Or a journal or a notebook or a Filofax, I don’t know man, something. Find a bound place to put your thoughts and plans and goals and ideas. This isn’t just to keep track of the events coming up in your life, this is a place to put the random thoughts that come into your head and bounce around in there until you have time to act on them, or more accurately, until you forget them. It’s the one place to keep all the plans you’re making, the things that have to get done, and the things you loved about today. It might feel like just a silly little book, but honestly, just keeping a day planner has made me feel so much more organized, intentional, prepared and able to manage the task at hand.

 

  1. Don’t open emails/texts/messages unless you have time to handle them.

I know, those happy little ‘ding’s are super tempting. You might have just won a million dollars! A loved one might be in grave danger! Beyoncé might have just sent you front row tickets to her next concert! But umm, probably not. Presumably you are doing the task at hand because you need to and have set aside this time to complete it, so decide to do it and only it until it’s done. I frequently have lengthy documents to create for my job. It’s usually kind of boring work that I dislike and it usually takes a dedicated 45 mins to an hour for each one. My brain gets so freaking excited at the possibility of taking a break from this boring task to read an email. It could be a free pizza announcement. But why prolong the uncomfortable even longer by dawdling around in my email for a while? And why read it if I know I won’t be taking any action on it right now? Every day we lose like half an hour of productive work time by just checking stuff that we don’t have time to do anything about or don’t intend to handle right away.

 

  1. Be with the people you’re with when you’re with them.

Do you ever go hang out with a friend or maybe your mom and on the way home realize that you miss them? Like, you were there together but you were distracted or just chatted and didn’t share what was on your heart. I remember feeling that way sometimes on my way home from spending time with my parents. When you live with people you naturally come to a place of relaxed togetherness where just living life alongside counts as spending time together. Moving out and only visiting a few days a month really changed my perspective on that. I didn’t have the 24/7 spending time any more where thoughts we eventually come out because we lived life together. I couldn’t just neutrally hang out in the same room with them and feel like we had been together. As I said, learning to focus is a process, so I am in no way the guru of being present with people. It’s something I want though. It’s something I remind myself of and work toward and make progress in. If we’re getting together it’s because I want to be with you, so just be, man!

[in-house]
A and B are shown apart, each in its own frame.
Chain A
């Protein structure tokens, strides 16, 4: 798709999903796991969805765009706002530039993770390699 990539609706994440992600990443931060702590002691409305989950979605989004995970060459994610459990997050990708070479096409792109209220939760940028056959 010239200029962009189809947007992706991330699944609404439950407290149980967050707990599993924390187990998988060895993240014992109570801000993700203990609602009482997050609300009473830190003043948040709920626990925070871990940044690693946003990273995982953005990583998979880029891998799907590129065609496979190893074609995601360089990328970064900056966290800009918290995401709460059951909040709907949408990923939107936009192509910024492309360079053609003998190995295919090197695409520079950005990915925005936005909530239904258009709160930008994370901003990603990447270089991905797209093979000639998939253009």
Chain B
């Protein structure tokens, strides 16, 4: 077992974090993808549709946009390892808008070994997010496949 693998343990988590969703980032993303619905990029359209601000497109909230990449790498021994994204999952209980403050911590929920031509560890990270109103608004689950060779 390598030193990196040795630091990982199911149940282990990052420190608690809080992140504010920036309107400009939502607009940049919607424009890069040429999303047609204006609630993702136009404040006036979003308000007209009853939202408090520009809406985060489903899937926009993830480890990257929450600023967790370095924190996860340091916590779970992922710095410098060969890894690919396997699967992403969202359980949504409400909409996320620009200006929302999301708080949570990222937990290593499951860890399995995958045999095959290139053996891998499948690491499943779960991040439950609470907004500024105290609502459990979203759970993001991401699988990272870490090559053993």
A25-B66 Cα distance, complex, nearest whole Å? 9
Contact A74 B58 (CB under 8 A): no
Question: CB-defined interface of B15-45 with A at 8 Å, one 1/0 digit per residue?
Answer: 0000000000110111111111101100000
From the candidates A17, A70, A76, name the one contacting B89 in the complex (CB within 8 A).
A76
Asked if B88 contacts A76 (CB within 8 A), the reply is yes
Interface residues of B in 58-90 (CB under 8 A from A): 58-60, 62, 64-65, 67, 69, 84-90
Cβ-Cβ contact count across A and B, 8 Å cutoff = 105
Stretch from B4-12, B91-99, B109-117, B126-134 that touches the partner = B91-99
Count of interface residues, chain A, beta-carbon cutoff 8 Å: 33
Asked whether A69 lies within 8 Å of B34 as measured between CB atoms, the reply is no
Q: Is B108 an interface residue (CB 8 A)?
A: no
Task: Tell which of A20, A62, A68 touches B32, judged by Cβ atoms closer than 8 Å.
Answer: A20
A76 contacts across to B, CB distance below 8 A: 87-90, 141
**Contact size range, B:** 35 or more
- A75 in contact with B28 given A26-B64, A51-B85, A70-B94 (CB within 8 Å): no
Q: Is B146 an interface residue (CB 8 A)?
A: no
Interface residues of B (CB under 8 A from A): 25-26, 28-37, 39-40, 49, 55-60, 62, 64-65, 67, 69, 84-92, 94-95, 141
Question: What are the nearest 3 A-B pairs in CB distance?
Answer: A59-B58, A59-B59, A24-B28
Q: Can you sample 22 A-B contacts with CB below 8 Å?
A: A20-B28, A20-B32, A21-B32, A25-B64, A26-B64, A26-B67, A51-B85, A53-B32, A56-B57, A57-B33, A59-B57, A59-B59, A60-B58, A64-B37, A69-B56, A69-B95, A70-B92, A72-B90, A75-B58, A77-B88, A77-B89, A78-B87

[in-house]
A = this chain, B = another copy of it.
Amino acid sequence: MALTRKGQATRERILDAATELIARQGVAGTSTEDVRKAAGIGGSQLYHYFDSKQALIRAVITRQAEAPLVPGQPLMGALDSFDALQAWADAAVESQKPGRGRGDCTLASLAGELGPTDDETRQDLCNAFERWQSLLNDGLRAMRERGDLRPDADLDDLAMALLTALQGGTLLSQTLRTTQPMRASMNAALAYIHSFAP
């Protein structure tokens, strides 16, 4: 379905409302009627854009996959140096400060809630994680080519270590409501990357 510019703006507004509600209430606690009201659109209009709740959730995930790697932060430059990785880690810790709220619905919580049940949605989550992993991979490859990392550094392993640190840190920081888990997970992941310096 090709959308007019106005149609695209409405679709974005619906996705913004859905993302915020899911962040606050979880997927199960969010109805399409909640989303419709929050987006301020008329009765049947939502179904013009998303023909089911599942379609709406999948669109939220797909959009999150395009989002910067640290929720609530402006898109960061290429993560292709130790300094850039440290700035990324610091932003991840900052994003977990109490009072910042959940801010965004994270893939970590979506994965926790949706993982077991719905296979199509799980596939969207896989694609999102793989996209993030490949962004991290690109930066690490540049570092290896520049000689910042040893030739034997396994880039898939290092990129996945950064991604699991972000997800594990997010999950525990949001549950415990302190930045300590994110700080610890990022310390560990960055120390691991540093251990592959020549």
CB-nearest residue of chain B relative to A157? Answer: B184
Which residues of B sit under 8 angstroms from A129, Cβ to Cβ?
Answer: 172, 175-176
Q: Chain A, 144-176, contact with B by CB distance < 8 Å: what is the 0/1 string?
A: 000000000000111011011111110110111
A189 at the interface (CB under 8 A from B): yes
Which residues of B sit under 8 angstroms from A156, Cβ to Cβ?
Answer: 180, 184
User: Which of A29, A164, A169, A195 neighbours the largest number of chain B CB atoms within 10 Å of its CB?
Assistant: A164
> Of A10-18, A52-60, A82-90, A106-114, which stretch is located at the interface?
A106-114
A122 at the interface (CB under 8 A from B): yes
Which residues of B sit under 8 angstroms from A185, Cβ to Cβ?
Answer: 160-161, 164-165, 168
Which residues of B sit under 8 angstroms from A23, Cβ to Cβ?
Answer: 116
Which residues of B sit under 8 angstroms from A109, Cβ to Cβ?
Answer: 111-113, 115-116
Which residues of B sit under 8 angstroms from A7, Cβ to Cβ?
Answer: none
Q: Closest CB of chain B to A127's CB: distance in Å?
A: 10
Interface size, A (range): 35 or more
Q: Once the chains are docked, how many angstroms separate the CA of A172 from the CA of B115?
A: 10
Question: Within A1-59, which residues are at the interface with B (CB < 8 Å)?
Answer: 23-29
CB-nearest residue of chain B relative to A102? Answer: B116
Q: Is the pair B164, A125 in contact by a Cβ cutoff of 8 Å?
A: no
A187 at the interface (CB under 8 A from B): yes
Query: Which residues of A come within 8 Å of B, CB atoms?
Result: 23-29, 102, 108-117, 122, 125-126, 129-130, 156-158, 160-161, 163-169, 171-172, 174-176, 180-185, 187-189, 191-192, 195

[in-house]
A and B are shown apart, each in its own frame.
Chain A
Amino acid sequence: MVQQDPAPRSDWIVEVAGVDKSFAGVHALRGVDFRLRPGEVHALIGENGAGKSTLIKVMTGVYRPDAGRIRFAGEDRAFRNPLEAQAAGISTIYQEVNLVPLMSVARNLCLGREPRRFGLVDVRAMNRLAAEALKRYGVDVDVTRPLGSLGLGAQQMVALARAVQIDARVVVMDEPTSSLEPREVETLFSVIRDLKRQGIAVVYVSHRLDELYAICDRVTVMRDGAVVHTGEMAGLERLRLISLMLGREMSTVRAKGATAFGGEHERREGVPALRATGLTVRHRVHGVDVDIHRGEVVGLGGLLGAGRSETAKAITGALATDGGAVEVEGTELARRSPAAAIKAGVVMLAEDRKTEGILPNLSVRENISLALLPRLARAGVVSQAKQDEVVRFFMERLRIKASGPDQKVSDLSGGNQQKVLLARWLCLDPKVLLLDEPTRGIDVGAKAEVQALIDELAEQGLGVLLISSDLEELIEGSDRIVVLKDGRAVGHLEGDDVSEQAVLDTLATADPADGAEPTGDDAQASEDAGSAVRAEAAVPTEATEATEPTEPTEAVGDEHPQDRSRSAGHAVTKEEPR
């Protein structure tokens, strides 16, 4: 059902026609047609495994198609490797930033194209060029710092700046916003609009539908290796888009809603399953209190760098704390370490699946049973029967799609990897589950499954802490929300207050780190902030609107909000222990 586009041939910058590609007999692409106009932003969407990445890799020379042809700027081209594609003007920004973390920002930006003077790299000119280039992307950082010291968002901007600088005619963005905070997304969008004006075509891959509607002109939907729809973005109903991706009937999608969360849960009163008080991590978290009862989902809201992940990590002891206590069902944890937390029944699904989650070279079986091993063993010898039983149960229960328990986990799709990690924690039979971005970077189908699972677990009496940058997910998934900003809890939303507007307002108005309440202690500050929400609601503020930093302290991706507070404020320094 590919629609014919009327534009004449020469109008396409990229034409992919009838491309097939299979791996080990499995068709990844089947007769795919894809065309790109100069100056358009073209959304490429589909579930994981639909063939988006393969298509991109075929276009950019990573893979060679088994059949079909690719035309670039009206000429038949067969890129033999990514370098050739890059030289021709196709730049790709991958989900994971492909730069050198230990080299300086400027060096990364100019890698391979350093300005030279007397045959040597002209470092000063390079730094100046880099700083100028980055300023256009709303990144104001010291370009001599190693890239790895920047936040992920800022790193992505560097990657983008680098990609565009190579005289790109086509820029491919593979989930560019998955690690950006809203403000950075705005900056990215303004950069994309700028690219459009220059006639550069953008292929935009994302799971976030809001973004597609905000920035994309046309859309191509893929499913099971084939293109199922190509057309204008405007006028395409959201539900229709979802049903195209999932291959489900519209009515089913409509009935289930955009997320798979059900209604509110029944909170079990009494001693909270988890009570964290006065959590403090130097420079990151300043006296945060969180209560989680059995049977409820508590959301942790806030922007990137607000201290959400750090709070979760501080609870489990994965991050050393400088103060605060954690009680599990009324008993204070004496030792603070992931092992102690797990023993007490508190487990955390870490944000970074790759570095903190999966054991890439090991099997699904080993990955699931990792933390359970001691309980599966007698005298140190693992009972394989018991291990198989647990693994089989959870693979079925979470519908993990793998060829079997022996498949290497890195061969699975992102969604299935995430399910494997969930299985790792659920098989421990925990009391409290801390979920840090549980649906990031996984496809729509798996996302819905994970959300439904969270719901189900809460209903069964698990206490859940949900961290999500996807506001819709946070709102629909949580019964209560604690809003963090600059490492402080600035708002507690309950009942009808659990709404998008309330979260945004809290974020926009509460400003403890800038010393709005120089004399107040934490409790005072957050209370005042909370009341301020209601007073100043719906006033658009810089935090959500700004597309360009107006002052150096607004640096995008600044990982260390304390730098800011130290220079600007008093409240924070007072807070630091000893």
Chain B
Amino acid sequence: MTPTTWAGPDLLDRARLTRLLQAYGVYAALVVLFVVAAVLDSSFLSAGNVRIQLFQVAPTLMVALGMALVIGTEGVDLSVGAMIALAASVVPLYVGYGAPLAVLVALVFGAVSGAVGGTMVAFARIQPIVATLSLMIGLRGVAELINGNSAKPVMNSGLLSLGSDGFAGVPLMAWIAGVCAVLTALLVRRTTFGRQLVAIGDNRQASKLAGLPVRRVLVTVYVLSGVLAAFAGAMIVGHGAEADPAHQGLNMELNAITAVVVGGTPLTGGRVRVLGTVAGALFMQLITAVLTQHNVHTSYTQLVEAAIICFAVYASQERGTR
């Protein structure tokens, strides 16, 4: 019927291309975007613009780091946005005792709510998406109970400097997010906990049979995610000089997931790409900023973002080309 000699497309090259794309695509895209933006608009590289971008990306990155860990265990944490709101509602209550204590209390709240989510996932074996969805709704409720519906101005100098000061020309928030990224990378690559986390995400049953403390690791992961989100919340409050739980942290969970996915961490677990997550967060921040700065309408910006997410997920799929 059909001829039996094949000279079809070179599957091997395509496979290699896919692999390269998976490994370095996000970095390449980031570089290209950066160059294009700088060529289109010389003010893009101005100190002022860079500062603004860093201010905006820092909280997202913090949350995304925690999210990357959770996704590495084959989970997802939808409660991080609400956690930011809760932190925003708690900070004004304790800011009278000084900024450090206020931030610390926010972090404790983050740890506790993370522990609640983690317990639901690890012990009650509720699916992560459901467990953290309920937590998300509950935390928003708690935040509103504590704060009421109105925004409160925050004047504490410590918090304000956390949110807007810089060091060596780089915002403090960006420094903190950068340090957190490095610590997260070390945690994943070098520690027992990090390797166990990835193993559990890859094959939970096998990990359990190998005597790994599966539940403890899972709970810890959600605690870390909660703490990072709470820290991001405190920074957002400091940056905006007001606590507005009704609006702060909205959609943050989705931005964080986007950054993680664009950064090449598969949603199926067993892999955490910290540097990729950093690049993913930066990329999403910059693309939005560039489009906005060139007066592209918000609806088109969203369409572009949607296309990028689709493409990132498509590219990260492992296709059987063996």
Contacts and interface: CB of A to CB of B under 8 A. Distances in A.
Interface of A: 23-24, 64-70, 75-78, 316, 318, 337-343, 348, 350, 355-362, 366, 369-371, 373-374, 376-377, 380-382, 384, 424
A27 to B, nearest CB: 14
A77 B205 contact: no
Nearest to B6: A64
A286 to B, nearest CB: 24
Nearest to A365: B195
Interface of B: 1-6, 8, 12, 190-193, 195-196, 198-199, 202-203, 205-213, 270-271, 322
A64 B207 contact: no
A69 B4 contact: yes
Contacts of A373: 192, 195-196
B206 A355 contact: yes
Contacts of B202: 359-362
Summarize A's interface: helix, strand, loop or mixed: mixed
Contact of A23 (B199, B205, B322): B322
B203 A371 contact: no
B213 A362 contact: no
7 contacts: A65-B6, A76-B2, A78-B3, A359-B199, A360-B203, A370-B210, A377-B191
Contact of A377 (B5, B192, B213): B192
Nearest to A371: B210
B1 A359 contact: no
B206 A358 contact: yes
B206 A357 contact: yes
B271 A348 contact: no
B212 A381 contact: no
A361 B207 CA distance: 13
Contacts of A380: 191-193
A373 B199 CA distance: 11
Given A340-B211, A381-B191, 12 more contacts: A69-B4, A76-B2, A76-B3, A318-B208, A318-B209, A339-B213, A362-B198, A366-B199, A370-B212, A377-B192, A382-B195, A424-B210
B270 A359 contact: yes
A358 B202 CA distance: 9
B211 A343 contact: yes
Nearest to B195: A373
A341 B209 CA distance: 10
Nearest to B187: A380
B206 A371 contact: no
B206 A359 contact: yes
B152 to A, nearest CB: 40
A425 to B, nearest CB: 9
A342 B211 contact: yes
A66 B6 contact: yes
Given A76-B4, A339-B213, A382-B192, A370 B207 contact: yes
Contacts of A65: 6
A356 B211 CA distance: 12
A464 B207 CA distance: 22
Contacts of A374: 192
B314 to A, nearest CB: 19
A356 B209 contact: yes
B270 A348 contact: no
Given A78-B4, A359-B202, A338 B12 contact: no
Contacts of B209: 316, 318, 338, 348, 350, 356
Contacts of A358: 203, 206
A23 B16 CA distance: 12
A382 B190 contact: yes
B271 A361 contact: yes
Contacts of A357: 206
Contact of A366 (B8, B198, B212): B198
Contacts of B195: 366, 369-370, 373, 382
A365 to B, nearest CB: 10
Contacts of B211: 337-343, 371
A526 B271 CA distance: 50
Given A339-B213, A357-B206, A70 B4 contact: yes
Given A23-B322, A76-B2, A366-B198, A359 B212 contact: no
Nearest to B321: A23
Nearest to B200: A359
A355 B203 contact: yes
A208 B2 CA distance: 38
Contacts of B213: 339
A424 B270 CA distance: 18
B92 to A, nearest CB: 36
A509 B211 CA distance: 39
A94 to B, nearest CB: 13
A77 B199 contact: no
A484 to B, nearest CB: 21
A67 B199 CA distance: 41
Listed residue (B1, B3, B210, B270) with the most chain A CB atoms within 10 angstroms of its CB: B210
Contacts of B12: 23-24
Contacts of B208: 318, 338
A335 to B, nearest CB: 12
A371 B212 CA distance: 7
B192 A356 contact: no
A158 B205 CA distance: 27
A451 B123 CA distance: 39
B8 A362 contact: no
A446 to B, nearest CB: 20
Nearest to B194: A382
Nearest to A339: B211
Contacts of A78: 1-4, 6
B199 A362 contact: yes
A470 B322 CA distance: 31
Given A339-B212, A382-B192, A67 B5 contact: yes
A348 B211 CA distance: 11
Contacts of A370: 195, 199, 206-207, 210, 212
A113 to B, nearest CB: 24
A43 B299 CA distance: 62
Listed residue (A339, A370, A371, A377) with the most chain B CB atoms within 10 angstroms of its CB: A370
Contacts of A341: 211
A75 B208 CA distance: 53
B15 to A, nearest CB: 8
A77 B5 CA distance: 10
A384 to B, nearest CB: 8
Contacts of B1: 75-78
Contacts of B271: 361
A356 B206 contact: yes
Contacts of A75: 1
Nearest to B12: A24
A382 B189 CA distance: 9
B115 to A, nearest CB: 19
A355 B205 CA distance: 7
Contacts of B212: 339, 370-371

1. Decide your focus in advance.

Life throws some pretty nasty curveballs and the natural response is to focus on just how nasty they are. Hurt, anger, disappointment, bitterness, jealousy; we feel them and our instinct is to sit with them, remind ourselves of how they feel so we can avoid them in the future. When we can develop a mindset of focus we can channel that focusing power on the things we want to feel. Ok, so not easy, not fast, but worth it. One of my favorite lessons from Tony Robbins is “Where focus goes, energy flows.” If we can bounce our focus to positive emotions our energy will follow. Focusing on our goals, the little victories, and the sunshine at the end of a rainy day, our energy will flow toward greater goals, bigger victories and brighter beams of sunshine.

 

Ok, I know that last part sounds a little airy fairy, but this is practical stuff. Wanna be more productive? Learn how to focus your energy on one task at a time. Want to be more connected to others? Decide to be present when in the presence of loved ones (or decidedly focused elsewhere when in the presence of draining terrors). Think that living a happier, less angry, freer life sounds nice? Choose where to point that focus.

 

Strap on the binoculars of focus and see what beautiful things you can find on the horizon.